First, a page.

Making Beyonce’s ‘Lemonade’: 12 Videos From the Filmmakers Who Got It So Gorgeous (Videos)

More work by the artists responsible for “Lemonade”

beyonce lemonade

Everyone seems to agree: “Lemonade” is a true cinematic beauty. Pause the hour-long film at any time and you have a perfectly shot freeze-frame of Beyonce being intimidating, tender, or full of life. Credit goes to Beyonce for her focused creative vision, but also to these directors who brought their own styles to the table and helped make “Lemonade” such a visual feast.

Kahlil Joseph is one of the fastest rising stars in the short film world. His style is highly influenced by Terrence Malick, whom he worked under as an editor. He has also collaborated with Kendrick Lamar.

In his music video for Flying Lotus’ “Until The Quiet Comes,” Joseph begins and ends the film with his central figure floating underwater. There is a similar scene in “Lemonade” during the “Pray You Catch Me” segment where Beyonce floats through an underwater bedroom.

Melina Matsoukas is a music video director whose filmography contains a gold mine of A-List music stars: Ludacris, Lady Gaga, Jennifer Lopez, and Ciara have all worked with her.

Matsoukas won a Grammy in 2013 for her video for Rihanna’s “We Found Love,” which depicted a rocky, drug-infested relationship that quickly turns violent after a reckless honeymoon period.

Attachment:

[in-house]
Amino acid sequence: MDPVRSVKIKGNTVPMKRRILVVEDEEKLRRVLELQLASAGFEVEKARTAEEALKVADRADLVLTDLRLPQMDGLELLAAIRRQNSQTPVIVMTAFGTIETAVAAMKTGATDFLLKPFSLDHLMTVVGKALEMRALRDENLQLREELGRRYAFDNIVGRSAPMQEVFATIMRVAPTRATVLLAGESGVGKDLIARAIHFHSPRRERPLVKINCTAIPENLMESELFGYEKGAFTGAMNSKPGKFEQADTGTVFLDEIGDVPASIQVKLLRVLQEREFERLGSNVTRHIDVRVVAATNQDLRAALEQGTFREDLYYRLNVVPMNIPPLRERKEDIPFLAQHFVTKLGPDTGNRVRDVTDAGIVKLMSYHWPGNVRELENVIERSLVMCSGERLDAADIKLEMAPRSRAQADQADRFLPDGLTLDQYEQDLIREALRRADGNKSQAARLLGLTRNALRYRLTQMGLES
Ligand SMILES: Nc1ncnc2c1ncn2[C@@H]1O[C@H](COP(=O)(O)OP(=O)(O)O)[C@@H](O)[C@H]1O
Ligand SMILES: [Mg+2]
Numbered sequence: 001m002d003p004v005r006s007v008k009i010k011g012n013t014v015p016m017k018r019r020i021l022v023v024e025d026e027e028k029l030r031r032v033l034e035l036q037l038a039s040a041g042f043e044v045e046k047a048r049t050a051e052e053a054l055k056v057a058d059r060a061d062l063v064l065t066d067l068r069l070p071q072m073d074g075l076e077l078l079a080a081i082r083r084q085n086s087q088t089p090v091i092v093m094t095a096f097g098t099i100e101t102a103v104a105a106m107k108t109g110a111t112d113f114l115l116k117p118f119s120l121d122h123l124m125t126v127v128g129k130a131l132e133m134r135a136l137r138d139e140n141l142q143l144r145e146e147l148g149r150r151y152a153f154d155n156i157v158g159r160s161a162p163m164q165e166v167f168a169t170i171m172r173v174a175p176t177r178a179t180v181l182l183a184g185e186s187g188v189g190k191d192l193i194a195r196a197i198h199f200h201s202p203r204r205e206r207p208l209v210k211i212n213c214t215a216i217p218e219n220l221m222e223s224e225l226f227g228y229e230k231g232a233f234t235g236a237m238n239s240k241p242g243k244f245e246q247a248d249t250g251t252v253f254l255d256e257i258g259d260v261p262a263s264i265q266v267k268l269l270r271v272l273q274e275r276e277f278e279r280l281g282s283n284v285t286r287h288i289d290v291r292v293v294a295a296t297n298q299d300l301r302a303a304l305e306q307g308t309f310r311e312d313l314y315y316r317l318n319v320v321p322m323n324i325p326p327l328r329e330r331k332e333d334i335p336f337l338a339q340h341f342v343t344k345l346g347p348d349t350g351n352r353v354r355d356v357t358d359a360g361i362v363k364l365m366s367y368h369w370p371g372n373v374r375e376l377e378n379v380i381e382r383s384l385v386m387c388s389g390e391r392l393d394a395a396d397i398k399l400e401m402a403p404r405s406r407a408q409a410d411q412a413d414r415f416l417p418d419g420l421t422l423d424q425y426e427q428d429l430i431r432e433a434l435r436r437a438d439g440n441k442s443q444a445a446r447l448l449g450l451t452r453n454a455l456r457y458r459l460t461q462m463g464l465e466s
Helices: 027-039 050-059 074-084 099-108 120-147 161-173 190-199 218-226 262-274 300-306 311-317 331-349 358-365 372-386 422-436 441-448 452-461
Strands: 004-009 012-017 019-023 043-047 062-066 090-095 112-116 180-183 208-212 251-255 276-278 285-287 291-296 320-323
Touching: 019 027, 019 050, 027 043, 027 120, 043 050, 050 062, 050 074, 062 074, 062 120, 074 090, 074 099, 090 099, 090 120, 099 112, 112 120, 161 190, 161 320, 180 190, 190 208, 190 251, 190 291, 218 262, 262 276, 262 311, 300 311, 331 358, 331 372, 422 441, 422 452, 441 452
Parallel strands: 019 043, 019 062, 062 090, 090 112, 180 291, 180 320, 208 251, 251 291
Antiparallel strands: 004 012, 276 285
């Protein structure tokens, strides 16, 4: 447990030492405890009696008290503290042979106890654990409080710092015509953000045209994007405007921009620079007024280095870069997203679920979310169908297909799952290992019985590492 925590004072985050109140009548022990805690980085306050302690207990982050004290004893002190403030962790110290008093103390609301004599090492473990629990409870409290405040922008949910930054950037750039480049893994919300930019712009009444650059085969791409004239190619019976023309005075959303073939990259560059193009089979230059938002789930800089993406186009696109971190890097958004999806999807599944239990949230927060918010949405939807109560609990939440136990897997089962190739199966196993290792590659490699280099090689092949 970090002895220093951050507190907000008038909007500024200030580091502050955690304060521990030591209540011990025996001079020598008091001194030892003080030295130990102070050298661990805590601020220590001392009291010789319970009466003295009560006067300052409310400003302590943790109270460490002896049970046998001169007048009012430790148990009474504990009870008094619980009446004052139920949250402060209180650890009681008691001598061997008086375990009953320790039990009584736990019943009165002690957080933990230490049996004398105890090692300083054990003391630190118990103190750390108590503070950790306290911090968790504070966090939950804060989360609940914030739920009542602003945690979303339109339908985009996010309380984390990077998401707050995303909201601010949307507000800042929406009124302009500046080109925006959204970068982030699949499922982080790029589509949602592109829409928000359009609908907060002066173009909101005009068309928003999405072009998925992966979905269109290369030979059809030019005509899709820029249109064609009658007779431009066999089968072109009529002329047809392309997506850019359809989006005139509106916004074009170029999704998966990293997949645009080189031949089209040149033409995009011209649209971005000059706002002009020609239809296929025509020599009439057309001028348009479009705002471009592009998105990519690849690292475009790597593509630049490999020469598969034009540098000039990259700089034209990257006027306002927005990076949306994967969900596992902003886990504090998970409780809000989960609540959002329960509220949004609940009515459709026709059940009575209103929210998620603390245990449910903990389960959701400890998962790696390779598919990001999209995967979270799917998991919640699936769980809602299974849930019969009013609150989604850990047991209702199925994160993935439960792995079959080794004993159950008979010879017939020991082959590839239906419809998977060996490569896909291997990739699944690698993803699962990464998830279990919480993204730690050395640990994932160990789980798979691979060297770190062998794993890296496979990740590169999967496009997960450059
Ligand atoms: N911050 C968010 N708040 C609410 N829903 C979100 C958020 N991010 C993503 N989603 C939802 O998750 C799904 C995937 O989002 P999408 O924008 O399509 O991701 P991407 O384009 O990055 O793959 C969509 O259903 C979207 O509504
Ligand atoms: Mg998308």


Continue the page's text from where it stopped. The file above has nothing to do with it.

“Lemonade” is the 13th collaboration between Matsoukas and Beyonce. They also worked together earlier this year on “Formation,” a song and video that have both been praised as anthemic.

Dikayl Rimmasch is a director who loves making films in highly contrasted black and white, such as this short film he made featuring Beyonce and Jay-Z as a modern day Bonnie and Clyde.

Rimmasch loves playing with shadows and figures placed against spotlights, and his style can be seen during the black-and-white segments of “Lemonade,” such as the scene with Serena’s cameo appearance.

On the other end of the spectrum is Jonas Akerlund, who loves using saturated colors and dramatic, exciting shots. The scene where Beyonce takes a baseball bat to a car “Big Lebowski”-style can probably be attributed to him.

If you want to see Akerlund at his most bizarre, check out his short film, “The Hidden,” an art piece about the chaos that lies within the human mind. Echoes fill the soundscape, water and strait jacket sleeves flail at the camera, and the pacing draws you into a false sense of calm before jarring you with a scream.

Then there’s Mark Romanek, one of the greatest music video directors of all time. Romanek was honored in 1997 at the MTV VMAs and has won three Grammys for his work with Johnny Cash and Janet and Michael Jackson.

His video with Cash was a cover of Nine Inch Nails’ “Hurt,” and its meditation on Cash’s mortality, shortly before his death, has earned it a reputation as one of the greatest videos of all time.

Romanek was responsible for filming the “Sandcastles” segment from “Lemonade,” using soft light and intimate close-ups to show Beyonce and Jay-Z at their most vulnerable.